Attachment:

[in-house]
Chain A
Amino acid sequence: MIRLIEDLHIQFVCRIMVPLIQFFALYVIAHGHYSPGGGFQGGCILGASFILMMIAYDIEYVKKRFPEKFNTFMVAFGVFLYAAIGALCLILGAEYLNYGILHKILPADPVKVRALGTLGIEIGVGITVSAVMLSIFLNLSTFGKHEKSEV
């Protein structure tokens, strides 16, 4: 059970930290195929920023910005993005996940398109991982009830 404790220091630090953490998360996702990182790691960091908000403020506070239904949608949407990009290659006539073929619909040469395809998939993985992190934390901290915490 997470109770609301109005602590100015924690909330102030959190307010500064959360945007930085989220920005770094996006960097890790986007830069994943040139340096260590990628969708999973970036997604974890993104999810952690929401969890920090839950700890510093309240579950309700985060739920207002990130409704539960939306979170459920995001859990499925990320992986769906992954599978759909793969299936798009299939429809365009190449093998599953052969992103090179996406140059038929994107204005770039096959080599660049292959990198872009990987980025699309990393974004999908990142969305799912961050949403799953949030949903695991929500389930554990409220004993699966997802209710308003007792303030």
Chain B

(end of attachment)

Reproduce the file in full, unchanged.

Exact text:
[in-house]
Chain A
Amino acid sequence: MIRLIEDLHIQFVCRIMVPLIQFFALYVIAHGHYSPGGGFQGGCILGASFILMMIAYDIEYVKKRFPEKFNTFMVAFGVFLYAAIGALCLILGAEYLNYGILHKILPADPVKVRALGTLGIEIGVGITVSAVMLSIFLNLSTFGKHEKSEV
């Protein structure tokens, strides 16, 4: 059970930290195929920023910005993005996940398109991982009830 404790220091630090953490998360996702990182790691960091908000403020506070239904949608949407990009290659006539073929619909040469395809998939993985992190934390901290915490 997470109770609301109005602590100015924690909330102030959190307010500064959360945007930085989220920005770094996006960097890790986007830069994943040139340096260590990628969708999973970036997604974890993104999810952690929401969890920090839950700890510093309240579950309700985060739920207002990130409704539960939306979170459920995001859990499925990320992986769906992954599978759909793969299936798009299939429809365009190449093998599953052969992103090179996406140059038929994107204005770039096959080599660049292959990198872009990987980025699309990393974004999908990142969305799912961050949403799953949030949903695991929500389930554990409220004993699966997802209710308003007792303030």
Chain B